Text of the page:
The American Research and Competitiveness Act of 2011– Driving Jobs and Innovation

This month we welcomed Noushin Jahanian as Intel’s director of Tax Policy and Government Relations and newest member of our Washington, DC office. Noushin joins us from the Washington Tax Group and before that she was the Chief Counsel and Policy Director for Senator Stabenow of Michigan.

Below is Noushin’s first post on Policy@Intel. We are very excited she has joined our team.

The American Research and Competitiveness Act of 2011– Driving Jobs and Innovation

By Noushin Jahanian, director of Tax Policy and Government Relations at Intel

Yesterday, Rep. Kevin Brady (R-TX), John Larson (D-CT), Erik Paulsen (R-MN) and Anna Eshoo (D-CA) introduced the American Research and Competitiveness Act of 2011. This bipartisan bill would increase the R&D Alternative Simplified Credit (ASC) from 14% to 20% and make it permanent. Incidentally, the Obama Administration’s 2012 budget also called for increasing the ASC and making the R&D credit permanent.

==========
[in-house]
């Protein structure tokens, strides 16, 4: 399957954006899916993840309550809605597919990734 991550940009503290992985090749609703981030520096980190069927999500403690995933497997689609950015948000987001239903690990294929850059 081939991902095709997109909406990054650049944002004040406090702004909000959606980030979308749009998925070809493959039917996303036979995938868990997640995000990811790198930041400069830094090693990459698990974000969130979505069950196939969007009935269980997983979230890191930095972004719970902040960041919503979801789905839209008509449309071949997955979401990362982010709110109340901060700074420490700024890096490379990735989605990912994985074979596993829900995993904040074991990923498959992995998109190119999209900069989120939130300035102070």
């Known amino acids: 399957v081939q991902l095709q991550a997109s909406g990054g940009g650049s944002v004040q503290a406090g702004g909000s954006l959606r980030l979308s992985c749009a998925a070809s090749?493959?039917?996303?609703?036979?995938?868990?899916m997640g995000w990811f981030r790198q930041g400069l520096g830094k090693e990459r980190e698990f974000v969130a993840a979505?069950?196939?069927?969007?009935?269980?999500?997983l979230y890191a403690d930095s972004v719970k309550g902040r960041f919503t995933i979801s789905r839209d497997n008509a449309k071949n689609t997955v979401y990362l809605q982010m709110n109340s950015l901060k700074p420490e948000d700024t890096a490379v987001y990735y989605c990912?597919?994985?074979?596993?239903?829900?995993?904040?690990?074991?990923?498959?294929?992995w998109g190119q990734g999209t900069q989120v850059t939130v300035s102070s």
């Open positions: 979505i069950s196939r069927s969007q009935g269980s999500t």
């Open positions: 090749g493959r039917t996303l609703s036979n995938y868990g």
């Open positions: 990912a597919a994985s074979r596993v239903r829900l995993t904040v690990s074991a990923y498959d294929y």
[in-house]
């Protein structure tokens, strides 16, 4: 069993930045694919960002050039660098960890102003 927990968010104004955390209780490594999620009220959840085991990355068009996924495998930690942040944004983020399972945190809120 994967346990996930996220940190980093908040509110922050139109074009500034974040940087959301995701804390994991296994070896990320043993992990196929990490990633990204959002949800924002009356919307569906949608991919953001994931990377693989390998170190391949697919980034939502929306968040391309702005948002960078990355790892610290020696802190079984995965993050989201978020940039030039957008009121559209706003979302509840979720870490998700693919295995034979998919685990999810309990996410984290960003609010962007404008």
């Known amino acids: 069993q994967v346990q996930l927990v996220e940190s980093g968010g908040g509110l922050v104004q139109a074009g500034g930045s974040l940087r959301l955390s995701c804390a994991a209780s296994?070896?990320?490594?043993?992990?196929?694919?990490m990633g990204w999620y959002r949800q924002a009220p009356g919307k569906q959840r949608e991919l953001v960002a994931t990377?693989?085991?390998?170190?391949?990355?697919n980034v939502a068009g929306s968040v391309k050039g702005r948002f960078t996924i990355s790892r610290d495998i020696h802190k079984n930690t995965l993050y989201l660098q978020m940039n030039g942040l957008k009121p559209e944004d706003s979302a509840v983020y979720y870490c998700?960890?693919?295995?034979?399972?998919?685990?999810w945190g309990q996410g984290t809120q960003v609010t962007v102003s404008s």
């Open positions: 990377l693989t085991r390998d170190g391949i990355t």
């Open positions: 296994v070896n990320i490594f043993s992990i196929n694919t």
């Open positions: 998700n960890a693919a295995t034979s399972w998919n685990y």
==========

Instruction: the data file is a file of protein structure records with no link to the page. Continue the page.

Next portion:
For Intel, innovation is our lifeblood. Intel applies for a thousand patents a year and in 2010, we invested over $6.6 billion in R&D – 80% of which was here in the U.S. And we’re not alone…

A strengthened, permanent R&D tax credit will not only spur innovation but will also create more high-skilled, high-paying jobs in the U.S. A January 2010 report by the Information Technology and Innovation Foundation (ITIF) found that increasing the ASC to 20% would not only create 162,000 in the short-term, but it would also increase annual GDP by $90 billion, increase the number of patents issued to American inventors by 3,850, and increase federal tax revenues by $17 billion.

The R&D tax credit is set to expire again at the end of this year. Intel thanks these members for their strong leadership on this issue. Now is the time for Congress to come together and pass a strengthened and permanent R&D tax credit.

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